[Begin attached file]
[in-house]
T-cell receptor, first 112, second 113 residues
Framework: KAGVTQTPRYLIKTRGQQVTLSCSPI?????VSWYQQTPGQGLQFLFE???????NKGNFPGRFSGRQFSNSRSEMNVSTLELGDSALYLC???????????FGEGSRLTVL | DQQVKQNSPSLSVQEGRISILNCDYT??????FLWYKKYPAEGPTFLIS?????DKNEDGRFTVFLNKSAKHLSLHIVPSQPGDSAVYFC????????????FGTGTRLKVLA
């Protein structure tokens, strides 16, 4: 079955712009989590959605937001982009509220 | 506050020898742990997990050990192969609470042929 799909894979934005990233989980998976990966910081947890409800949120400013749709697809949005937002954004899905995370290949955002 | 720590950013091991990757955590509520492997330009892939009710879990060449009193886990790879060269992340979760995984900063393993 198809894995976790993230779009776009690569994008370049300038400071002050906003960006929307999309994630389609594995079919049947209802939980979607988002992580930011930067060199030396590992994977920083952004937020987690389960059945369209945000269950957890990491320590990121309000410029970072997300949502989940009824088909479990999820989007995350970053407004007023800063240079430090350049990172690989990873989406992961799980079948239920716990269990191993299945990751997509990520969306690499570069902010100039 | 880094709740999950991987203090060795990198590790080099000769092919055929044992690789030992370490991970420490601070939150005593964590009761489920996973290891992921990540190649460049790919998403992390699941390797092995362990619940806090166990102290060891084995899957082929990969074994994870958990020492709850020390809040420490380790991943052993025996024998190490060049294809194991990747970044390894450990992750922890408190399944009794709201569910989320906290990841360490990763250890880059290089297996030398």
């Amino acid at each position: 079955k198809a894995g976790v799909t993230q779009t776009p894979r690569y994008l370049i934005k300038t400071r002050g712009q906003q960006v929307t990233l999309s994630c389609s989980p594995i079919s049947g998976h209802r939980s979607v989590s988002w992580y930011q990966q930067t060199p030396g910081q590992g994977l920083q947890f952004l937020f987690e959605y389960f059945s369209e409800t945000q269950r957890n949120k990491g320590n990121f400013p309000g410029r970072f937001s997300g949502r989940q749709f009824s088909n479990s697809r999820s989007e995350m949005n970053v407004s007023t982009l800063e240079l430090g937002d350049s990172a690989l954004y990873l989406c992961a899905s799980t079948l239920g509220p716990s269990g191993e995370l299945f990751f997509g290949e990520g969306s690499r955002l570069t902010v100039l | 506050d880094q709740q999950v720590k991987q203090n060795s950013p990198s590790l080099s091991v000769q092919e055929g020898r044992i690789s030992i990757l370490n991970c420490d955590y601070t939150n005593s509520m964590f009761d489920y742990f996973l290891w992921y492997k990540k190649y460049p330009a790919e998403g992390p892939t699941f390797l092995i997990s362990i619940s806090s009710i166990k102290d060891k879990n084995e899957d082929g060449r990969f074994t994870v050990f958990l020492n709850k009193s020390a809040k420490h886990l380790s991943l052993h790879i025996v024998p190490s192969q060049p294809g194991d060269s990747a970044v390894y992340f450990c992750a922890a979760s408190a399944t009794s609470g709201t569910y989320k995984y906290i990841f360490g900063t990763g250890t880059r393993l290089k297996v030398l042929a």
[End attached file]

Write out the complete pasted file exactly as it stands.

[in-house]
T-cell receptor, first 112, second 113 residues
Framework: KAGVTQTPRYLIKTRGQQVTLSCSPI?????VSWYQQTPGQGLQFLFE???????NKGNFPGRFSGRQFSNSRSEMNVSTLELGDSALYLC???????????FGEGSRLTVL | DQQVKQNSPSLSVQEGRISILNCDYT??????FLWYKKYPAEGPTFLIS?????DKNEDGRFTVFLNKSAKHLSLHIVPSQPGDSAVYFC????????????FGTGTRLKVLA
């Protein structure tokens, strides 16, 4: 079955712009989590959605937001982009509220 | 506050020898742990997990050990192969609470042929 799909894979934005990233989980998976990966910081947890409800949120400013749709697809949005937002954004899905995370290949955002 | 720590950013091991990757955590509520492997330009892939009710879990060449009193886990790879060269992340979760995984900063393993 198809894995976790993230779009776009690569994008370049300038400071002050906003960006929307999309994630389609594995079919049947209802939980979607988002992580930011930067060199030396590992994977920083952004937020987690389960059945369209945000269950957890990491320590990121309000410029970072997300949502989940009824088909479990999820989007995350970053407004007023800063240079430090350049990172690989990873989406992961799980079948239920716990269990191993299945990751997509990520969306690499570069902010100039 | 880094709740999950991987203090060795990198590790080099000769092919055929044992690789030992370490991970420490601070939150005593964590009761489920996973290891992921990540190649460049790919998403992390699941390797092995362990619940806090166990102290060891084995899957082929990969074994994870958990020492709850020390809040420490380790991943052993025996024998190490060049294809194991990747970044390894450990992750922890408190399944009794709201569910989320906290990841360490990763250890880059290089297996030398």
């Amino acid at each position: 079955k198809a894995g976790v799909t993230q779009t776009p894979r690569y994008l370049i934005k300038t400071r002050g712009q906003q960006v929307t990233l999309s994630c389609s989980p594995i079919s049947g998976h209802r939980s979607v989590s988002w992580y930011q990966q930067t060199p030396g910081q590992g994977l920083q947890f952004l937020f987690e959605y389960f059945s369209e409800t945000q269950r957890n949120k990491g320590n990121f400013p309000g410029r970072f937001s997300g949502r989940q749709f009824s088909n479990s697809r999820s989007e995350m949005n970053v407004s007023t982009l800063e240079l430090g937002d350049s990172a690989l954004y990873l989406c992961a899905s799980t079948l239920g509220p716990s269990g191993e995370l299945f990751f997509g290949e990520g969306s690499r955002l570069t902010v100039l | 506050d880094q709740q999950v720590k991987q203090n060795s950013p990198s590790l080099s091991v000769q092919e055929g020898r044992i690789s030992i990757l370490n991970c420490d955590y601070t939150n005593s509520m964590f009761d489920y742990f996973l290891w992921y492997k990540k190649y460049p330009a790919e998403g992390p892939t699941f390797l092995i997990s362990i619940s806090s009710i166990k102290d060891k879990n084995e899957d082929g060449r990969f074994t994870v050990f958990l020492n709850k009193s020390a809040k420490h886990l380790s991943l052993h790879i025996v024998p190490s192969q060049p294809g194991d060269s990747a970044v390894y992340f450990c992750a922890a979760s408190a399944t009794s609470g709201t569910y989320k995984y906290i990841f360490g900063t990763g250890t880059r393993l290089k297996v030398l042929a």